Friday, 28 November 2008

Some discreet words of warning

The Annual State of the Service Report by the Public Service Commissioner is not a document that sends the Canberra press gallery in to a frenzy of excitement. Apart from The Canberra Times, which has a particular readership to appeal to, and a minor reference on ABC radio, yesterday's words of Commissioner Lynelle Briggs escaped media attention. Which is a pity really because hidden away am ong the many platitudes and endless statistics is an important, if discreetly written, warning to the Finance Minister Lindsay Tanner about the dangers of indiscriminate budget cutting.

It has been a feature of governments for many years now to impose what is euphemistically called an efficiency dividend on departments. Instead of governments making the hard decision to scrap or wind back particular programs, the order goes out that the public service must cut administrative expenses by an across the board two or three or whatever percent. A recent addition to this philosophy of finding savings is to insist that any salary increases for individual bureaucrats in a department must be compensated by a similar reduction in the total departmental wages bill.

It sounds very simple and perhaps for a year or two it was but Ms Briggs in this year's report draws attention to some of the undesirable consequences. "Many agencies," she writes, "are now at financial crossroads—the impact of continued across the board efficiency measures is making it extremely difficult to properly maintain their core functions."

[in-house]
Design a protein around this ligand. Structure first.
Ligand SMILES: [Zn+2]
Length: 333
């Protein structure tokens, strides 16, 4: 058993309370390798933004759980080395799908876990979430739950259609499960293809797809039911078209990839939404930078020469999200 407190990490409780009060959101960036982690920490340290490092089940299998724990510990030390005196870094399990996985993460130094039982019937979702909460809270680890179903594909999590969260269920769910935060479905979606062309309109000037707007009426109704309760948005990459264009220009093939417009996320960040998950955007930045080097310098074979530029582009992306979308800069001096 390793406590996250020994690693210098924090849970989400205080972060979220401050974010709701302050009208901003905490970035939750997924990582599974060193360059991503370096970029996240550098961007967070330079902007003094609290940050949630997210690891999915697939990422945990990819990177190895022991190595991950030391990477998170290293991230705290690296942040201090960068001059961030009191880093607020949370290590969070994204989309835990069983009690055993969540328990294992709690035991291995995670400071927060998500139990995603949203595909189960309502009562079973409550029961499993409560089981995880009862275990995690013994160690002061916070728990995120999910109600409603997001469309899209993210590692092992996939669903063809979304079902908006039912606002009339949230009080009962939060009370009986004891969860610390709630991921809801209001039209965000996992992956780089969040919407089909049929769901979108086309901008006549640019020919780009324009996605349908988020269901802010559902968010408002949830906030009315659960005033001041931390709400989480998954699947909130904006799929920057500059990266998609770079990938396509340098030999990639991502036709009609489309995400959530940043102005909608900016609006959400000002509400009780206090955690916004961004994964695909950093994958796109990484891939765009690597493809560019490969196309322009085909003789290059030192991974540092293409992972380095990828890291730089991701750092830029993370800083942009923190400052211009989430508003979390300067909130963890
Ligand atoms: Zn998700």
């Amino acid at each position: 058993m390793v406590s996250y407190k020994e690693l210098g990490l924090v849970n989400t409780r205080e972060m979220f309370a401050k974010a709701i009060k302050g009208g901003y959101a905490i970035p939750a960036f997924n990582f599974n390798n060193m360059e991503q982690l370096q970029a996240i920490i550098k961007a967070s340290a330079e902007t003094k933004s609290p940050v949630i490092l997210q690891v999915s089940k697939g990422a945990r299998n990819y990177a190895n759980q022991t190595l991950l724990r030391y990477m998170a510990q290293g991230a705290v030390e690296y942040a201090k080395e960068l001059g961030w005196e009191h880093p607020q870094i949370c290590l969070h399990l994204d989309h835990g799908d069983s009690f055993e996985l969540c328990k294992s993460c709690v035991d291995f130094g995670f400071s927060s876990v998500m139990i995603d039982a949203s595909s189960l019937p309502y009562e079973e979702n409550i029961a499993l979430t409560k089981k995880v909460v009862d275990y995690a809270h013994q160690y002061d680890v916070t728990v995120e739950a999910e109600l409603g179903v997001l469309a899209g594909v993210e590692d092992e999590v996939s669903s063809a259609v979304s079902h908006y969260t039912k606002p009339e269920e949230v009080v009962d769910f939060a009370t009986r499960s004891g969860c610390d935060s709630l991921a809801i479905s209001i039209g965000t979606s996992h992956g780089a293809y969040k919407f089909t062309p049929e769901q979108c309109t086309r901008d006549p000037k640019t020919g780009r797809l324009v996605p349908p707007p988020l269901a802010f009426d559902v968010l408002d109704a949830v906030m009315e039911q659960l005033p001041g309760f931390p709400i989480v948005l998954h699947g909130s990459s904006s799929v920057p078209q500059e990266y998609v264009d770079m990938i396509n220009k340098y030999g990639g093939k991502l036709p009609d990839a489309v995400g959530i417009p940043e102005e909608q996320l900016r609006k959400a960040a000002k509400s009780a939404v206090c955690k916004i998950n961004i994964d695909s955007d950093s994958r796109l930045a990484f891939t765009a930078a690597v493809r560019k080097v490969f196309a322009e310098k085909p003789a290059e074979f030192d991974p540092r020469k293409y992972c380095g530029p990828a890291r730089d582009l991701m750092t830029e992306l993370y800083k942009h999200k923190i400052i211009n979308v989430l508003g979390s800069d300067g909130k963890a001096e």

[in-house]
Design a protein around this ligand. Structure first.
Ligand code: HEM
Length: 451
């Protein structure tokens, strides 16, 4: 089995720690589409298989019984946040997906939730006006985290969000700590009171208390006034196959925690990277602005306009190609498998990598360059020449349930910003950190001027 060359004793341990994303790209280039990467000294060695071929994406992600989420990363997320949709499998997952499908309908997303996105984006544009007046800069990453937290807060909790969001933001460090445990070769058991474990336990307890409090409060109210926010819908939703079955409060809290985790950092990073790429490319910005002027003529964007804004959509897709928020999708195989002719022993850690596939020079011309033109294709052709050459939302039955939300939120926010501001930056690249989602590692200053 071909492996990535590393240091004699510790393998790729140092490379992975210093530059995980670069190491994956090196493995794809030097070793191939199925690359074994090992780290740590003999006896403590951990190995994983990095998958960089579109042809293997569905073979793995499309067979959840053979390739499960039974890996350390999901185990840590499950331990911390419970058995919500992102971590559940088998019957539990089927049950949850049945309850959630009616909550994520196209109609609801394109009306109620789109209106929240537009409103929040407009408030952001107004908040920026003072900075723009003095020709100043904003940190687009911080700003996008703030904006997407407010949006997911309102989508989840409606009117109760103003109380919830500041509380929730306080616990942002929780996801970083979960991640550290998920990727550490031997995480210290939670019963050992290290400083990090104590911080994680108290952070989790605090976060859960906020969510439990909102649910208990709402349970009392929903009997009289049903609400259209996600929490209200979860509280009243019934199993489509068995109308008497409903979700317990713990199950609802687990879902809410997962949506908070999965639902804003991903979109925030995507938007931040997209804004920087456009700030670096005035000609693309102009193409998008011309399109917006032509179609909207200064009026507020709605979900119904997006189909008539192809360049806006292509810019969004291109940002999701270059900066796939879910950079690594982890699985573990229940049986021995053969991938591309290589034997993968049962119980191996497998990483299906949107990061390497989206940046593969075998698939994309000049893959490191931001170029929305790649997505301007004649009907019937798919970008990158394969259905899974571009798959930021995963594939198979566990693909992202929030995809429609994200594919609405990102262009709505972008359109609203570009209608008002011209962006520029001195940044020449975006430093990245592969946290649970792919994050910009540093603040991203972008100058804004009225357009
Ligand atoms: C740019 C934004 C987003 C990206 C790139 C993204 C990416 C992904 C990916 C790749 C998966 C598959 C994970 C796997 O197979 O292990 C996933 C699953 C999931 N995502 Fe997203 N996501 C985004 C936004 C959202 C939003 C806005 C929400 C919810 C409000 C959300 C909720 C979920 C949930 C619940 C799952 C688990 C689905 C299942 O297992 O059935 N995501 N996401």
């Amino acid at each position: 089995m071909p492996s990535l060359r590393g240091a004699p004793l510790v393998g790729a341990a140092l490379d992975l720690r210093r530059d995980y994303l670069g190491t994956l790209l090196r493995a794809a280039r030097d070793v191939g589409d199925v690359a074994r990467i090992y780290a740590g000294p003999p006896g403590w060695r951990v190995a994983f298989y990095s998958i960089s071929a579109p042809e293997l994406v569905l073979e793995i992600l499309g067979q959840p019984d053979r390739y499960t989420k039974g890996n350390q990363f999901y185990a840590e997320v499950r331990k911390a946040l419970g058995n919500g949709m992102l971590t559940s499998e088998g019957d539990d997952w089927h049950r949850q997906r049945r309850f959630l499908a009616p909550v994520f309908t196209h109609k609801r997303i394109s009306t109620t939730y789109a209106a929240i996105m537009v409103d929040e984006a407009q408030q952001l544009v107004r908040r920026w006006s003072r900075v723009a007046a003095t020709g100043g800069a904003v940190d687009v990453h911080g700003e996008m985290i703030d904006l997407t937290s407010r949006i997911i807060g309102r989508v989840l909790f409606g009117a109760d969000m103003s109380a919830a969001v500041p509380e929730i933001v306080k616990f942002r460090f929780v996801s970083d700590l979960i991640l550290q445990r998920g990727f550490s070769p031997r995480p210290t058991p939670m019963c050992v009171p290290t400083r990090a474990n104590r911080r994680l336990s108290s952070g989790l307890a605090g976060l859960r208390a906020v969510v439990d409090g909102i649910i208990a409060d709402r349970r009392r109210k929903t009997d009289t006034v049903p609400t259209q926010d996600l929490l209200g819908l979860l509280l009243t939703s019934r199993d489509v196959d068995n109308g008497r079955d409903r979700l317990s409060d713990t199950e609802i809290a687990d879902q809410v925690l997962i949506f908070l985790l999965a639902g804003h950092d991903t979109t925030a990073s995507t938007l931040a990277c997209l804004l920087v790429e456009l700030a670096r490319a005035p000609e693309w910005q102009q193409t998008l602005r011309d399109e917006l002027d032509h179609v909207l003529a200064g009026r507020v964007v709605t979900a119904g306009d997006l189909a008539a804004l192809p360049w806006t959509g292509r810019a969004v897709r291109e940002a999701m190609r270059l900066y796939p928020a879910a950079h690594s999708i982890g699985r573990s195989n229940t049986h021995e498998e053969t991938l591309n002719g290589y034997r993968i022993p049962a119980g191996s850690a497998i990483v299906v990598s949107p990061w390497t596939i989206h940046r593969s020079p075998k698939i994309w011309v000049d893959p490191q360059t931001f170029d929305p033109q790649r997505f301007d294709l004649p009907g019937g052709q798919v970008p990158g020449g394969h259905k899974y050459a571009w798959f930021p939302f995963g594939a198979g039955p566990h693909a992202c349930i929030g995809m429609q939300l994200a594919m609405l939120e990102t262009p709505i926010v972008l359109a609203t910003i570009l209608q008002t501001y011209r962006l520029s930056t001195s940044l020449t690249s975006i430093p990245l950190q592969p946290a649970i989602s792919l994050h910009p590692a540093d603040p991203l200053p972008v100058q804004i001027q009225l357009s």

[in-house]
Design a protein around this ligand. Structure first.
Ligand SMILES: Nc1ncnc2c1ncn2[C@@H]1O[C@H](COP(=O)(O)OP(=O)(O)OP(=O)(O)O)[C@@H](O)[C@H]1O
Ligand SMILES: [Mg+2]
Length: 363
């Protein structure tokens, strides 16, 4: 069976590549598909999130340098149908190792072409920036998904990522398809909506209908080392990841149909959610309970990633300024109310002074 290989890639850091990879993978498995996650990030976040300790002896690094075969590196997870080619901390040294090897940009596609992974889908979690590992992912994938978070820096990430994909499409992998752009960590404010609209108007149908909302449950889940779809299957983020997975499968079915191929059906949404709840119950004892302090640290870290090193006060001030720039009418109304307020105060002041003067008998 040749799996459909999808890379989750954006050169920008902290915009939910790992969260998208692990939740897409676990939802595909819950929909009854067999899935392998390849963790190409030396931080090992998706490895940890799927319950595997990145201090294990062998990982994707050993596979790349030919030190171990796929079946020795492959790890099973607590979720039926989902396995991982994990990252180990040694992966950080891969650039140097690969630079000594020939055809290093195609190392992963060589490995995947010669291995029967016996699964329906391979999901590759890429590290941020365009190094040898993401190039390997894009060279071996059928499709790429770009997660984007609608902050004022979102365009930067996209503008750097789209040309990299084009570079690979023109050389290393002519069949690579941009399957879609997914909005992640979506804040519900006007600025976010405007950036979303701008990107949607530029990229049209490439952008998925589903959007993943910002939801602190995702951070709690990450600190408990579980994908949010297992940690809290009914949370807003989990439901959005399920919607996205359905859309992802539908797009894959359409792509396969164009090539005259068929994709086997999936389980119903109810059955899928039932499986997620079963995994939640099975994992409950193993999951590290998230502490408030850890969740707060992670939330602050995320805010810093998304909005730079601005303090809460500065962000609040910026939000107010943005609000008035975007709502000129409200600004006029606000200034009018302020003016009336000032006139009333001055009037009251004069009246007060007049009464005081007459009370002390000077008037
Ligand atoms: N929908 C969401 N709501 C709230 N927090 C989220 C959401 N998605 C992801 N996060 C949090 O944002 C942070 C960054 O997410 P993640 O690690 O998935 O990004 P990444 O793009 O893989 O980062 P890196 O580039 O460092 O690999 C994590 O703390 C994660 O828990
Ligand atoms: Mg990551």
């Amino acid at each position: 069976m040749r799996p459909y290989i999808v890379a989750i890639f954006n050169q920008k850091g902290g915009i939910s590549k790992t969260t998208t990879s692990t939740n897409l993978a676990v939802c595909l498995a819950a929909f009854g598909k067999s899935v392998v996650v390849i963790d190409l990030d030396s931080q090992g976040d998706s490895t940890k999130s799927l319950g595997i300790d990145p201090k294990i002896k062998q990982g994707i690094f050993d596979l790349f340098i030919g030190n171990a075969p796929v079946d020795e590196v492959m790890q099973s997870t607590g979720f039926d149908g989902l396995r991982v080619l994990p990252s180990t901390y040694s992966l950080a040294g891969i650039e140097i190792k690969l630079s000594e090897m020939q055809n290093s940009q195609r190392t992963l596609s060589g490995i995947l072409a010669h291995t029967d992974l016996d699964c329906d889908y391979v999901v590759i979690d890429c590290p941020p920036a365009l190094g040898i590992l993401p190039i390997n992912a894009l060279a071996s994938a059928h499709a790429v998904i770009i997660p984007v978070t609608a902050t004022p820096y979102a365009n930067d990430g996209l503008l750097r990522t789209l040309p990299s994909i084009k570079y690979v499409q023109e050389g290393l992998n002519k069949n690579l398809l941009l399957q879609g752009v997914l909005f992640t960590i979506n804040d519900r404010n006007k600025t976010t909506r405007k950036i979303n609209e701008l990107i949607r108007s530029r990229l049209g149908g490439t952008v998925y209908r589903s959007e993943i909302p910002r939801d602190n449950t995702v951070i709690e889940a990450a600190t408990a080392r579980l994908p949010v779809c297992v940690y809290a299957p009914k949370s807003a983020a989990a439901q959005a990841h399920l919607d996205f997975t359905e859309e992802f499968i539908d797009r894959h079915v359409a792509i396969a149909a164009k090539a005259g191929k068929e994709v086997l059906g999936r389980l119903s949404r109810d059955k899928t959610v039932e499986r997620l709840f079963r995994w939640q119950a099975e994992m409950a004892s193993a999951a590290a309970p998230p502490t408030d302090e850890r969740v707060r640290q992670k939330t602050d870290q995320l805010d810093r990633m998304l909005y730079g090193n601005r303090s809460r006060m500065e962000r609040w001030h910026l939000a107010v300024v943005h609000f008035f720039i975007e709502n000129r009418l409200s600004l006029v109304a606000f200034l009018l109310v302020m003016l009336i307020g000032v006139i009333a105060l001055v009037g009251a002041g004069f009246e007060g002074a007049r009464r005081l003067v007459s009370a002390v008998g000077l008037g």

Particularly hard hit are some of the smaller agencies where it is not easy to find a few indians to get rid of so that the chiefs can be paid public service market rate salaries. The result is that good staff just don't want to work for these small agencies no matter how important their function might be. Or, as Ms Briggs puts it:

"The combined effect of the efficiency dividend and the partial funding arrangements for remuneration increases have placed pressure on some agencies whose size, or the nature of their activities, affect their potential for cost saving productivity gains to be generated year after year. For some agencies this has impacted on the remuneration levels they are able to offer. A key issue is how to ensure the APS operates in a sustainable way so that agencies of all types and sizes can attract and retain staff with the capability to deliver on their core functions. It may be timely to consider putting a safety valve mechanism in place to ensure the ongoing ability of lower paying agencies to attract and retain a skilled workforce in what will no doubt continue to be a tight fiscal environment."

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